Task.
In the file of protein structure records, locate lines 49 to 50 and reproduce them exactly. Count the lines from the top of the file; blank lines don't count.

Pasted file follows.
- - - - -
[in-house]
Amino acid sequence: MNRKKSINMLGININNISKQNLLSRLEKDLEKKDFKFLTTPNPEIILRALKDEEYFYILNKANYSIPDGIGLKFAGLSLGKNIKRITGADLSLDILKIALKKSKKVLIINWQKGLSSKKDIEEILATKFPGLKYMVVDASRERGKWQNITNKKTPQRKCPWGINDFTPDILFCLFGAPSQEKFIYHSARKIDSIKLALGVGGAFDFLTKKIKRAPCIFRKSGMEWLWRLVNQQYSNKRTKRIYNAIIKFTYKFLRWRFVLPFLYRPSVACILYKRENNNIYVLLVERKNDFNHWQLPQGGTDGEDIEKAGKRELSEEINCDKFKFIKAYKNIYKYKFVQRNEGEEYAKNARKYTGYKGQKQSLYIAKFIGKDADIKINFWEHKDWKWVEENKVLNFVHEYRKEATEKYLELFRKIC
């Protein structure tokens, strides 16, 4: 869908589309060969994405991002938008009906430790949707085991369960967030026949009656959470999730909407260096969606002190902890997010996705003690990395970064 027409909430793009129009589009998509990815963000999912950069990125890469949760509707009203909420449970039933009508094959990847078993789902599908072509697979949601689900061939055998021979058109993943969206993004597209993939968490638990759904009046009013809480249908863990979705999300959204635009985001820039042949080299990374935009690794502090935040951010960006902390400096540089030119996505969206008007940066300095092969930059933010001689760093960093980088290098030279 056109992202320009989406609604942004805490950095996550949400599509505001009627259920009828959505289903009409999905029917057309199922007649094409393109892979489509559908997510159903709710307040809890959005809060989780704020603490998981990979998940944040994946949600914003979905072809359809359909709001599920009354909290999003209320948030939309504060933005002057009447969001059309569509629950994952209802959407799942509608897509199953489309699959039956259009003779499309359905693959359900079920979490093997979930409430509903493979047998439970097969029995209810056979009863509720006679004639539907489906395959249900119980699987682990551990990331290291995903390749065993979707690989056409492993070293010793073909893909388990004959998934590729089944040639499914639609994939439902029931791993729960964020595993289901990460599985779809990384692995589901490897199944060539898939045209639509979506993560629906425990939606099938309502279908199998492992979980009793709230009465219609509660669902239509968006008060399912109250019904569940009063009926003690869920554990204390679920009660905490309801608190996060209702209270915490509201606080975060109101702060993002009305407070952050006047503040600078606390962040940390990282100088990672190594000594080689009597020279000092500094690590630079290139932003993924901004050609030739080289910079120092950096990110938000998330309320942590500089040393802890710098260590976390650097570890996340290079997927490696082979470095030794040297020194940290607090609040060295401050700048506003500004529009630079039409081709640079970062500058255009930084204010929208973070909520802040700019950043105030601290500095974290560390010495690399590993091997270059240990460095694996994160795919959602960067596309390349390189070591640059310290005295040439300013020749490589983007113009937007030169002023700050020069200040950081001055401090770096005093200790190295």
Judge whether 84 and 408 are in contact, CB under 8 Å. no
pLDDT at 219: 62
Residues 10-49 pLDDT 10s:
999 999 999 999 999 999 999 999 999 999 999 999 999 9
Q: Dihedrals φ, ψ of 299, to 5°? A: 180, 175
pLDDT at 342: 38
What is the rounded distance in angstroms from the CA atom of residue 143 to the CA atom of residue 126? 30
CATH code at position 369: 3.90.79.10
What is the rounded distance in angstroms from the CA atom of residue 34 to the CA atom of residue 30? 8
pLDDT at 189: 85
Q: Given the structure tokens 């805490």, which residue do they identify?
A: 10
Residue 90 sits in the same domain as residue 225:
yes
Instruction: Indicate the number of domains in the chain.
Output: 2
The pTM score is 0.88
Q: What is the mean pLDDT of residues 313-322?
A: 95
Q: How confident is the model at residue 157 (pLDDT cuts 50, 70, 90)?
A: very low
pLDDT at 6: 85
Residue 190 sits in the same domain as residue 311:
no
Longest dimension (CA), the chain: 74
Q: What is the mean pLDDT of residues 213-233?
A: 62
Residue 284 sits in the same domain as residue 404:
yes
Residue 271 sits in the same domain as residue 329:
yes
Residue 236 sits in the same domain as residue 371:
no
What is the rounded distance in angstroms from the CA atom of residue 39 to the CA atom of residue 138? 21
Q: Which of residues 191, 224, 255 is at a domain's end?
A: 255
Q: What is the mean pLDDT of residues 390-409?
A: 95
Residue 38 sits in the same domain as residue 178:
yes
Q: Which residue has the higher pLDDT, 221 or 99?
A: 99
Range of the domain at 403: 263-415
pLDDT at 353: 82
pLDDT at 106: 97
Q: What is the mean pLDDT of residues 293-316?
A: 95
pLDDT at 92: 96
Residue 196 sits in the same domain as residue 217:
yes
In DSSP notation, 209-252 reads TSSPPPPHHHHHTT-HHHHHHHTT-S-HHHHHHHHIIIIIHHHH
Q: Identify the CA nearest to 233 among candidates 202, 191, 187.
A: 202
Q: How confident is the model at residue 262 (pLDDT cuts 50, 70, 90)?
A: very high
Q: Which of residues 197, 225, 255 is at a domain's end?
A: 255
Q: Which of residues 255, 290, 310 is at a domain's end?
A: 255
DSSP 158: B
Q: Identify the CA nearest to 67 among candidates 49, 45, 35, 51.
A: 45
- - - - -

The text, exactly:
Q: What is the mean pLDDT of residues 293-316?
A: 95